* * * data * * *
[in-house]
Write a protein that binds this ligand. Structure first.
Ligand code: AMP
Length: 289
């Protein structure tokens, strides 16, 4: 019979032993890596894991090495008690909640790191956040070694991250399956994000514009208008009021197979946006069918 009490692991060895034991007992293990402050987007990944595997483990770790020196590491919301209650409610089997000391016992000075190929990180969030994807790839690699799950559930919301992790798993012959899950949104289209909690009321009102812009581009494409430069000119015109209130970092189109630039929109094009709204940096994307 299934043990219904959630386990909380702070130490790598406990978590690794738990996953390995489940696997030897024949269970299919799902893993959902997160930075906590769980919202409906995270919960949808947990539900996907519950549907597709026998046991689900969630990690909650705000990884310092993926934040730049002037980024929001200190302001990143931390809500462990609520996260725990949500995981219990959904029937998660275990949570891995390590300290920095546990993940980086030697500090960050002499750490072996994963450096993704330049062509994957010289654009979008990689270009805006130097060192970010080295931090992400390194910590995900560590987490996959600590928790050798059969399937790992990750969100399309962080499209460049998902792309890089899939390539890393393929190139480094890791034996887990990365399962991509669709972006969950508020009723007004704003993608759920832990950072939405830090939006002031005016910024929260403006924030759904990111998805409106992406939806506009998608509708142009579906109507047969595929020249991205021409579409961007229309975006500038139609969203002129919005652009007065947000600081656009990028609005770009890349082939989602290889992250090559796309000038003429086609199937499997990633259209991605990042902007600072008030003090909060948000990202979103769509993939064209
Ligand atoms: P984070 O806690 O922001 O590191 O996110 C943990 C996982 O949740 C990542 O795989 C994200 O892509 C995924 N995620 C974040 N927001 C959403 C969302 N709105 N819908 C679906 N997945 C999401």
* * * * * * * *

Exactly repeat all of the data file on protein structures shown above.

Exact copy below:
[in-house]
Write a protein that binds this ligand. Structure first.
Ligand code: AMP
Length: 289
């Protein structure tokens, strides 16, 4: 019979032993890596894991090495008690909640790191956040070694991250399956994000514009208008009021197979946006069918 009490692991060895034991007992293990402050987007990944595997483990770790020196590491919301209650409610089997000391016992000075190929990180969030994807790839690699799950559930919301992790798993012959899950949104289209909690009321009102812009581009494409430069000119015109209130970092189109630039929109094009709204940096994307 299934043990219904959630386990909380702070130490790598406990978590690794738990996953390995489940696997030897024949269970299919799902893993959902997160930075906590769980919202409906995270919960949808947990539900996907519950549907597709026998046991689900969630990690909650705000990884310092993926934040730049002037980024929001200190302001990143931390809500462990609520996260725990949500995981219990959904029937998660275990949570891995390590300290920095546990993940980086030697500090960050002499750490072996994963450096993704330049062509994957010289654009979008990689270009805006130097060192970010080295931090992400390194910590995900560590987490996959600590928790050798059969399937790992990750969100399309962080499209460049998902792309890089899939390539890393393929190139480094890791034996887990990365399962991509669709972006969950508020009723007004704003993608759920832990950072939405830090939006002031005016910024929260403006924030759904990111998805409106992406939806506009998608509708142009579906109507047969595929020249991205021409579409961007229309975006500038139609969203002129919005652009007065947000600081656009990028609005770009890349082939989602290889992250090559796309000038003429086609199937499997990633259209991605990042902007600072008030003090909060948000990202979103769509993939064209
Ligand atoms: P984070 O806690 O922001 O590191 O996110 C943990 C996982 O949740 C990542 O795989 C994200 O892509 C995924 N995620 C974040 N927001 C959403 C969302 N709105 N819908 C679906 N997945 C999401």